Arch Dis Child Fetal Neonatal Ed 98:F89-F92 doi:10.1136/archdischild-2011-300641
  • Reviews

What are the main research findings during the last 5 years that have changed my approach to clinical practice?

  1. Christian F Poets
  1. Correspondence to Professor Christian F Poets, Department of Neonatology, Tuebingen University Hospital, Tuebingen D-72076, Germany; christian-f.poets{at}
  1. Contributors CFP was involved in collecting the manuscripts reviewed in this article and in writing it.

  • Accepted 20 July 2011
  • Published Online First 24 August 2011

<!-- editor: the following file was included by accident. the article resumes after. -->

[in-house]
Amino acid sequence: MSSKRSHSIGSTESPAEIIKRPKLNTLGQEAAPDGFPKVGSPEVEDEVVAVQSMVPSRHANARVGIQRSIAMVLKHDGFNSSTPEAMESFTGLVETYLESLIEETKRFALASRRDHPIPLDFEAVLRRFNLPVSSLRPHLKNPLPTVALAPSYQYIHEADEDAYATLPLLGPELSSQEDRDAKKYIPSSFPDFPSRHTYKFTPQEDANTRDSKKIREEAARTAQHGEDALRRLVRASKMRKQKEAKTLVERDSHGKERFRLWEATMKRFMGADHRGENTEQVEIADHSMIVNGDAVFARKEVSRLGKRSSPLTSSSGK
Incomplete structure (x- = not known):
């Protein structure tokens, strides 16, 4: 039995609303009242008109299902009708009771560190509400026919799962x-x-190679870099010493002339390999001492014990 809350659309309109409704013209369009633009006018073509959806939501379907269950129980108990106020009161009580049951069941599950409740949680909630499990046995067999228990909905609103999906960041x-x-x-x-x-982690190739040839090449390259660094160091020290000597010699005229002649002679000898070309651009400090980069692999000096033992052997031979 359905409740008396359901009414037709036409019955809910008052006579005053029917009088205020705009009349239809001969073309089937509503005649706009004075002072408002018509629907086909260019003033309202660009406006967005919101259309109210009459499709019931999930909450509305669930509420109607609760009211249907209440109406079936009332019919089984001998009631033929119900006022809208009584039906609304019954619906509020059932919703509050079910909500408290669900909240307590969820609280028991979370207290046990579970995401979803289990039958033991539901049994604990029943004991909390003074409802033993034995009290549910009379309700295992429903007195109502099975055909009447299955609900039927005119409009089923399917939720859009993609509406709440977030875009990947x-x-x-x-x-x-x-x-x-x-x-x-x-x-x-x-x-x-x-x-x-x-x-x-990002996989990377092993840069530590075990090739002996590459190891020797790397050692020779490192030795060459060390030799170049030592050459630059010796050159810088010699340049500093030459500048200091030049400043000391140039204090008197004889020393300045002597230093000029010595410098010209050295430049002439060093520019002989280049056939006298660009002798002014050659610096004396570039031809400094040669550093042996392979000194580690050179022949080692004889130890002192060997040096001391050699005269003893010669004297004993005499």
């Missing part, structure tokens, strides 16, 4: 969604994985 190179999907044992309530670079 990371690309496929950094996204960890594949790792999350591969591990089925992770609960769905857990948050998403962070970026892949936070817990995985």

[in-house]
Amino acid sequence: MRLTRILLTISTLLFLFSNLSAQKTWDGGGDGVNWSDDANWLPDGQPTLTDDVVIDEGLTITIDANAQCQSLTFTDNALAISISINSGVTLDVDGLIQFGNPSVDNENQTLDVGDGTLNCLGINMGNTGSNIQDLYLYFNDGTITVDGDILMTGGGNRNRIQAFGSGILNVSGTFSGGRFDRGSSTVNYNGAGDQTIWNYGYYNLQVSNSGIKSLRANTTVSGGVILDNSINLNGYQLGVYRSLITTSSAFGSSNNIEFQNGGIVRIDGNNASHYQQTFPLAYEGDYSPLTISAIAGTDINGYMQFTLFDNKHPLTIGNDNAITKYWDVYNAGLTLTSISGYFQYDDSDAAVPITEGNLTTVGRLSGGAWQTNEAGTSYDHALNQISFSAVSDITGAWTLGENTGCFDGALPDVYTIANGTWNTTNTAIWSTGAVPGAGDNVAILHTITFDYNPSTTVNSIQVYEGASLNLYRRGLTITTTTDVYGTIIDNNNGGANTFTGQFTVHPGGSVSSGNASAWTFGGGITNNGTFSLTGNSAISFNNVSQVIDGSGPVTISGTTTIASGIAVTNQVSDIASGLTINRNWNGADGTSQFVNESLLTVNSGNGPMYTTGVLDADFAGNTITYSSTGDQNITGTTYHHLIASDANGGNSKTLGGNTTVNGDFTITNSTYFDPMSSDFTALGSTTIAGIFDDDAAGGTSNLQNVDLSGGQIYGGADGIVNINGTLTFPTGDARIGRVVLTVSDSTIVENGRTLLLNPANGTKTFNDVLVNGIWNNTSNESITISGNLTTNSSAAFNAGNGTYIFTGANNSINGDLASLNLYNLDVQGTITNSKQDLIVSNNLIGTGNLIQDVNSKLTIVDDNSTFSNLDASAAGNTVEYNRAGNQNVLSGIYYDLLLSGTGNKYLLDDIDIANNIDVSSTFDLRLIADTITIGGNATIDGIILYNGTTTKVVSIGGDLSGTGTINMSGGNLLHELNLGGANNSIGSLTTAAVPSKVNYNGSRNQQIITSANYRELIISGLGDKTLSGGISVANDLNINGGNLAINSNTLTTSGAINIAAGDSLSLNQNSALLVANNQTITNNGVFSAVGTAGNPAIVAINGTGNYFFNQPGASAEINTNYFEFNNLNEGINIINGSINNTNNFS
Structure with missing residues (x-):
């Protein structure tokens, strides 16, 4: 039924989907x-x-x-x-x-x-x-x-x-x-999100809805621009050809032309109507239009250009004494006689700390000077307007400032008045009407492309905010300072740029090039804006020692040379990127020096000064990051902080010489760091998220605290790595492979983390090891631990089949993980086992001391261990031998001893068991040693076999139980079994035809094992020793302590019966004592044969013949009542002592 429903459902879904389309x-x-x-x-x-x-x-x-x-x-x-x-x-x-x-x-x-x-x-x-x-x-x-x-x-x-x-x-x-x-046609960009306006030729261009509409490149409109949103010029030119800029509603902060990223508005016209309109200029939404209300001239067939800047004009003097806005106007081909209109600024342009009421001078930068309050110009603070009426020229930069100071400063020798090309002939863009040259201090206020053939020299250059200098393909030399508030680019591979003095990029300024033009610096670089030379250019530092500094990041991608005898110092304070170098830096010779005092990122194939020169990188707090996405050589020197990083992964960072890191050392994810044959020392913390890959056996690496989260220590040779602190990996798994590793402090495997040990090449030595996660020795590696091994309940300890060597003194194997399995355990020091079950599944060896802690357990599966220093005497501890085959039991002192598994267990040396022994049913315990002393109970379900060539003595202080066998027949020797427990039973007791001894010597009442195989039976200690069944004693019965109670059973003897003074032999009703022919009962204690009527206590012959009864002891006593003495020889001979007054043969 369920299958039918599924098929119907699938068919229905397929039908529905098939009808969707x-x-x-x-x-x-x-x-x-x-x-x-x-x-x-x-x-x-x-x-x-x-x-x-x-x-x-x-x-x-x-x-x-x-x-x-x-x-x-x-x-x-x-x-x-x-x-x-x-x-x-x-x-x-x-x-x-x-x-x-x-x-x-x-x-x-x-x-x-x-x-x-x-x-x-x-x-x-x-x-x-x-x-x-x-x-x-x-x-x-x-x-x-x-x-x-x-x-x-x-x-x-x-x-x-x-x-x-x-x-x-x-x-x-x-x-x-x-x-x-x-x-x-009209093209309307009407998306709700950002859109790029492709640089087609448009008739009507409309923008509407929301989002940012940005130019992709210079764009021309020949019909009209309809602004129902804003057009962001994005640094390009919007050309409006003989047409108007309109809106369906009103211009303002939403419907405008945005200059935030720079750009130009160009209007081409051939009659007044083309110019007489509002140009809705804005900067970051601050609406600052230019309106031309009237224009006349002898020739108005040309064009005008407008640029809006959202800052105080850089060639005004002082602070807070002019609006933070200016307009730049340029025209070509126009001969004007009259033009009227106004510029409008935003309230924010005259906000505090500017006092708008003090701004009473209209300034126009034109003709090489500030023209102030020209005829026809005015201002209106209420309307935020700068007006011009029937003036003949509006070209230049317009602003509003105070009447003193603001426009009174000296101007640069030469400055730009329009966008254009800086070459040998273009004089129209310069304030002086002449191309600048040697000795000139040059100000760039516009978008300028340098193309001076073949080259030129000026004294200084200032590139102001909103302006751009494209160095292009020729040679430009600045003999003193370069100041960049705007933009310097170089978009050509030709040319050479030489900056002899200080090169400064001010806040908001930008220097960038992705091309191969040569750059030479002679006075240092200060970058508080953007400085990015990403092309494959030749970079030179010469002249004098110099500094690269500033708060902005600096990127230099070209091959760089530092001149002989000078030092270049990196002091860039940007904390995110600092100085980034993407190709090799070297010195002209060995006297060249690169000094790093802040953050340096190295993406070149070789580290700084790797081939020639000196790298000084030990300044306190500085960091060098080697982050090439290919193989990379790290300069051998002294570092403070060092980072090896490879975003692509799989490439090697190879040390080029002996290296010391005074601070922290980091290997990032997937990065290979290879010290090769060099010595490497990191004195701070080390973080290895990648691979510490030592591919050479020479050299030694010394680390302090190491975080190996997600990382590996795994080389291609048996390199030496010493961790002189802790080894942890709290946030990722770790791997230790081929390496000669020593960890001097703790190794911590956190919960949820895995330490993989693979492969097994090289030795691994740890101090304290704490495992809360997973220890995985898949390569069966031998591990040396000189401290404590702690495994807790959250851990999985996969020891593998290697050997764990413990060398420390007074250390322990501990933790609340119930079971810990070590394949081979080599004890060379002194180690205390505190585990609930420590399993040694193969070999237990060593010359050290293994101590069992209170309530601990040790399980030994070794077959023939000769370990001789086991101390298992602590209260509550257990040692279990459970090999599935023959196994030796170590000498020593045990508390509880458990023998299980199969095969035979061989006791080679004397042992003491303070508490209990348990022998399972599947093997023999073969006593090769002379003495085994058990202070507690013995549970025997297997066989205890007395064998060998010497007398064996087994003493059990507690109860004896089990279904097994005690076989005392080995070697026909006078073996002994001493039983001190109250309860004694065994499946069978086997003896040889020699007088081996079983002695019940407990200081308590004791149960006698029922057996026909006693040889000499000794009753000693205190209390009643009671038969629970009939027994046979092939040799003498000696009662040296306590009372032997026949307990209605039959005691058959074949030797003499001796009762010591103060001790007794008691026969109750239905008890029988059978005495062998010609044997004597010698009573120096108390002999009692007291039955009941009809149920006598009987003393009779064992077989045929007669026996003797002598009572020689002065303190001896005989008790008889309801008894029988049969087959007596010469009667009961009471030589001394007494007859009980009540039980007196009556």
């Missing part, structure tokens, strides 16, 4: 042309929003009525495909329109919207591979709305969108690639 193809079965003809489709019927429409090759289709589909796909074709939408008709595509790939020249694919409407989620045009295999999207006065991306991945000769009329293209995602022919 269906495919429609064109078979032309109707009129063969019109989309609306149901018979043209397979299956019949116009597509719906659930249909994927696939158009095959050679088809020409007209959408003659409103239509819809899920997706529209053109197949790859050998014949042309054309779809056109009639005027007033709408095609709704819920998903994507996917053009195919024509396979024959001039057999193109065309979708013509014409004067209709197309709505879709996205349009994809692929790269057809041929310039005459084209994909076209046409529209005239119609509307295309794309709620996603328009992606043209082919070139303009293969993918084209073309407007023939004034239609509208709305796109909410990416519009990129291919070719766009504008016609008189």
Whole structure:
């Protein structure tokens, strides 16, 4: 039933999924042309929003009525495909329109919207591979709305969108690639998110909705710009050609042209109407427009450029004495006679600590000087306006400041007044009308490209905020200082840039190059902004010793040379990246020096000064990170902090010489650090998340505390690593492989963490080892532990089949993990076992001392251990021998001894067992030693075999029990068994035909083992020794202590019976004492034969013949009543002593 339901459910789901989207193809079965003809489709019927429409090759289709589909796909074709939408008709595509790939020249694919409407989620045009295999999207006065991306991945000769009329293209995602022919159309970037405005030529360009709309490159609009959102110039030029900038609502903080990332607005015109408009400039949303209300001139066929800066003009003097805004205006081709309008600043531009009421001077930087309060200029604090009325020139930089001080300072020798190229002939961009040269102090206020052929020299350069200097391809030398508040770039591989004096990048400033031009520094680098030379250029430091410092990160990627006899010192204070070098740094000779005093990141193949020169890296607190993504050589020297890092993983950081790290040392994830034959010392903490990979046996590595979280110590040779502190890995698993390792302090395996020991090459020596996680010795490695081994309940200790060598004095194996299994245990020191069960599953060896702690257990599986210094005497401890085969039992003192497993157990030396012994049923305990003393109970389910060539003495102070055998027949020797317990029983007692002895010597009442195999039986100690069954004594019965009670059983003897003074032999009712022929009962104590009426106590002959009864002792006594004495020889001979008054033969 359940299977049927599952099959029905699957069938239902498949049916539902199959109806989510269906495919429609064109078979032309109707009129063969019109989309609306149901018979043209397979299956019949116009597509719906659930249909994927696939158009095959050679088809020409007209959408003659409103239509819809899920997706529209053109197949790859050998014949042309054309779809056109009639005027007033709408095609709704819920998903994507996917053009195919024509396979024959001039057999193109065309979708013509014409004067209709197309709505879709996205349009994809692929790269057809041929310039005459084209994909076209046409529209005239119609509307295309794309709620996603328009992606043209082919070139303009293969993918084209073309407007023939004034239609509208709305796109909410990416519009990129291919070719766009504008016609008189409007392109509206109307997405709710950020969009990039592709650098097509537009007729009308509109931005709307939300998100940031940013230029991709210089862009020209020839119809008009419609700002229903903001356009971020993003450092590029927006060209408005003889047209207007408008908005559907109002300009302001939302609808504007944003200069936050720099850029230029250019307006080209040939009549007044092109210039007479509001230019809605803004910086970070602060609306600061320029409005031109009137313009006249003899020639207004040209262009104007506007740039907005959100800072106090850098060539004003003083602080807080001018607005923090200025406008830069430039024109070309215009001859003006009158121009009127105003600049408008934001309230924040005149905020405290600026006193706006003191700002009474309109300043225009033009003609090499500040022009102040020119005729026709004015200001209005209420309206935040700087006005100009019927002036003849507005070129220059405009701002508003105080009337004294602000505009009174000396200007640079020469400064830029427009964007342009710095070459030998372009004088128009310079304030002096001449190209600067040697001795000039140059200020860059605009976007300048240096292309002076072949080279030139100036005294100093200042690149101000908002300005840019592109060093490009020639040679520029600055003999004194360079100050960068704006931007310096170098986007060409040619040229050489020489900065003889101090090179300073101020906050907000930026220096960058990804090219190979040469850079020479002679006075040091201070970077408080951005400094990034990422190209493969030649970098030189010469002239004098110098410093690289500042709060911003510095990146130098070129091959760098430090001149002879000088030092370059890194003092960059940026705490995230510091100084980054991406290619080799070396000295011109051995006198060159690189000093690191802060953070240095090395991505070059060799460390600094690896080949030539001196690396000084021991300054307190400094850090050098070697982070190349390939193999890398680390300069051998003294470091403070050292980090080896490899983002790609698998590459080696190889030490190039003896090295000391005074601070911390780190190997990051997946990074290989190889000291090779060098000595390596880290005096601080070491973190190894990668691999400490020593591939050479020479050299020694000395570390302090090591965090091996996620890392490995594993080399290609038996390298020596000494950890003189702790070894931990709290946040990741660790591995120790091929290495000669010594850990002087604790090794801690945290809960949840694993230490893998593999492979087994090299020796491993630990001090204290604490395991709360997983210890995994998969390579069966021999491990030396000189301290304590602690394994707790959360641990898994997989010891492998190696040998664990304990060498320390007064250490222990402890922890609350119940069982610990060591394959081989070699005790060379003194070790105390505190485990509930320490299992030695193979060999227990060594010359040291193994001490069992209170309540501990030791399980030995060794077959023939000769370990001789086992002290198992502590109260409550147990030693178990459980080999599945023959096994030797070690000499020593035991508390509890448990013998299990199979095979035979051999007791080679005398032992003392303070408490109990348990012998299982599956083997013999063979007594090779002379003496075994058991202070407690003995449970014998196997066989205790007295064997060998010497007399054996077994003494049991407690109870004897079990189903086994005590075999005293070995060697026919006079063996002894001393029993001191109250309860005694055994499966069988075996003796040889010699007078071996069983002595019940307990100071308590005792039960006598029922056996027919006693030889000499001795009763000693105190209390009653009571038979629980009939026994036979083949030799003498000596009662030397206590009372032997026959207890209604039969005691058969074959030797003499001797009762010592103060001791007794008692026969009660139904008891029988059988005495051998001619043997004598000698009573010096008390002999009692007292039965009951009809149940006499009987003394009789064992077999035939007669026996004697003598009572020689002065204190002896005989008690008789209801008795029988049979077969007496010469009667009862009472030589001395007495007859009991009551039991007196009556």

When asked to address the above question, findings that appeared to be among the most relevant included (1) interventions in the delivery room directed at supporting the physiological transition from intrauterine to extrauterine life rather than actively intervening in it; (2) recent data suggesting that keeping extremely low-gestational age neonates at a pulse oximeter saturation (SpO2) of 91–95% would increase their chances of survival compared with aiming for lower SpO2 values; (3) using caffeine citrate in infants <1250 g with apnoea of prematurity improves neurodevelopmental outcome; (4) injecting antivascular epithelial growth factor into the vitreous seems to be an effective treatment for retinopathy of prematurity and (5) moderate hypothermia for perinatal hypoxic-ischaemic encephalopathy increases the likelihood of survival without neurological impairment. Here, data that support these recent changes in approach will be presented and discussed.